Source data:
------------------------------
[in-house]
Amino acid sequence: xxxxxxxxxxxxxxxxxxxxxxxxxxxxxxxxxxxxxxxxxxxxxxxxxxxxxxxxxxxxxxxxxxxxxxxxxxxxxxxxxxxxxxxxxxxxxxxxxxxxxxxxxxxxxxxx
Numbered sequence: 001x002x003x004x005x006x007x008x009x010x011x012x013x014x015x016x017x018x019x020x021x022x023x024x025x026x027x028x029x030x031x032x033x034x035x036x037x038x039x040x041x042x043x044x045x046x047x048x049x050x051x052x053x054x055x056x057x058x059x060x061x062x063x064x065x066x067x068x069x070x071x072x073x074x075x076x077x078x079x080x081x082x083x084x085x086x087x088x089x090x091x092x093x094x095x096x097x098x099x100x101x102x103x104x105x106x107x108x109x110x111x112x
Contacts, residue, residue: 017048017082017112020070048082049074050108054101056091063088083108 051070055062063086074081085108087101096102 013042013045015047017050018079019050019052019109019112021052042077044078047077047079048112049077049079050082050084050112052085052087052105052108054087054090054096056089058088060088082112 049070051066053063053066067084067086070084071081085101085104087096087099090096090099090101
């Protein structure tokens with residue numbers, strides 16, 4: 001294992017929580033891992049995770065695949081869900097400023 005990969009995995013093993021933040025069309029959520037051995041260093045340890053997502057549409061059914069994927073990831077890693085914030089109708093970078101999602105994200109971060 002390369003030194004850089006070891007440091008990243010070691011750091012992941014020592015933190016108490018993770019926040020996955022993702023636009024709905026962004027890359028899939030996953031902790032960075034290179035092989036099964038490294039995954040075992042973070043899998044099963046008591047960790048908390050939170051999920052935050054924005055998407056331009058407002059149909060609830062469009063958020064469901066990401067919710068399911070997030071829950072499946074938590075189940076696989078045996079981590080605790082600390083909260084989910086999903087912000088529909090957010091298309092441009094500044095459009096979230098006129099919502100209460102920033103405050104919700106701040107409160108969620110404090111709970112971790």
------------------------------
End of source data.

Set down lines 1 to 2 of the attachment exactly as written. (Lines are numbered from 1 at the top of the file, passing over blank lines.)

[in-house]
Amino acid sequence: xxxxxxxxxxxxxxxxxxxxxxxxxxxxxxxxxxxxxxxxxxxxxxxxxxxxxxxxxxxxxxxxxxxxxxxxxxxxxxxxxxxxxxxxxxxxxxxxxxxxxxxxxxxxxxxx